“You have heard that it was said, ‘You shall love your neighbor and hate your enemy.’ But I say to you, love your enemies, bless those who curse you, do good to those who hate you, and pray for those who spitefully use you and persecute you,” Matt 5:33-34 Here we find words of Christ that are easy to understand but sometimes hard to keep. I could focus on how difficult it is to treat our enemies the way Jesus describes in this passage and it would be a needful lesson for us all. But instead I want to focus on the first part of Jesus’ statement, “You shall love your neighbor”. It seems that many have forgotten this part of Jesus’ teaching. Yes, we need to work hard to love our enemies but we must work even harder to make sure we do not show hatred for our neighbors. We must love our enemies and our neighbors, is that what our actions show?
As Christians we can easily divide the two groups Jesus speaks of in this passage. Leviticus 19:18 says, “You shall not take vengeance, nor bear any grudge against the children of your people, but you shall love your neighbor as yourself: I am the Lord.” The Israelites’ neighbors were their own people. So the saying went that they should love the children of their people (Israelites) and hate all other nations around them. In Christ, all those surrounding nations have the opportunity to become neighbors, citizens of the kingdom – “Now, therefore, you are no longer strangers and foreigners, but fellow citizens with the saints and members of the household of God,” Eph 2:19 Now if the surrounding nations have become neighbors, who is the enemy? In Matthew 12:30 Jesus says, “He who is not with Me is against Me, and he who does not gather with Me scatters abroad.” Those who are not with Christ are not with us and therefore are our enemies.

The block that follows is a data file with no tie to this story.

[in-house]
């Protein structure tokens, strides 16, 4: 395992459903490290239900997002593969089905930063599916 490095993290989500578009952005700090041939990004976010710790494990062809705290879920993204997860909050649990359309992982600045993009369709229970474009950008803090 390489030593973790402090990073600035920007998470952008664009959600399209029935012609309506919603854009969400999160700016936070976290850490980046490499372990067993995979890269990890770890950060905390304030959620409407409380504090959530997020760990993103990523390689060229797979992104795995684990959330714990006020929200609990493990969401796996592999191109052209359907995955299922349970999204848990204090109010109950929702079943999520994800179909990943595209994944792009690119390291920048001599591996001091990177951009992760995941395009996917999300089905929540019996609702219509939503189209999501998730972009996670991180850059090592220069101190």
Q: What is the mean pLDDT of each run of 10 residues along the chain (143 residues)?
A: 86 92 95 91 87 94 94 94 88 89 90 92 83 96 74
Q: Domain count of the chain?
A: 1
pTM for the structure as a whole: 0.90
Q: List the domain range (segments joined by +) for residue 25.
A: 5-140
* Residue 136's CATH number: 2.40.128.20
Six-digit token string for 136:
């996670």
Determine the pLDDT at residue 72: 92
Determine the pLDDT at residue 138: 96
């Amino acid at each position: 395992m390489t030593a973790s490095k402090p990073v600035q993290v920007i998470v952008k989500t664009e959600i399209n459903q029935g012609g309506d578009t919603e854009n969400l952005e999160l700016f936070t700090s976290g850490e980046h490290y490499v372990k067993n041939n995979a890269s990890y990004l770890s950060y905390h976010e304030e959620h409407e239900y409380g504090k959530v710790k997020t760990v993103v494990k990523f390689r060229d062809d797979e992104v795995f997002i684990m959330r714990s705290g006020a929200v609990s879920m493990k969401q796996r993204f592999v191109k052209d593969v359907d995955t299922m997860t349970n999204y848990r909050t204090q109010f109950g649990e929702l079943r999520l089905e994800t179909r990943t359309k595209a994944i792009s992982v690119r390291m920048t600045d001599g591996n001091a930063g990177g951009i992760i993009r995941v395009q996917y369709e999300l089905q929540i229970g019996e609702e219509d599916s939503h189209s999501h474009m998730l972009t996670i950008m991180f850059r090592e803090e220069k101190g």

If am writing about love then why am I making a distinction between those of the world (our enemies) and our brethren (our neighbors) seeing that we are to love both groups? I make the distinction to show how some have not adhered to Jesus’ teaching. Instead of loving both neighbor and enemy some love their enemy and hate their brethren. I know it’s a bold claim but there is plenty of evidence to support it. Consider the following actions and ask yourself if they are a display of love or hate:
Gossip – Baseball has long been proclaimed “America’s favorite pastime” but I think gossip may have taken the top spot some time ago. You can’t turn on the T.V. news or the radio anymore without hearing the “celebrity scoop” with even a little hometown gossip thrown in every once in a while. The emergence of social media seems to have added to the gossip craze or at least has made what once would have been kept between a few close friends public.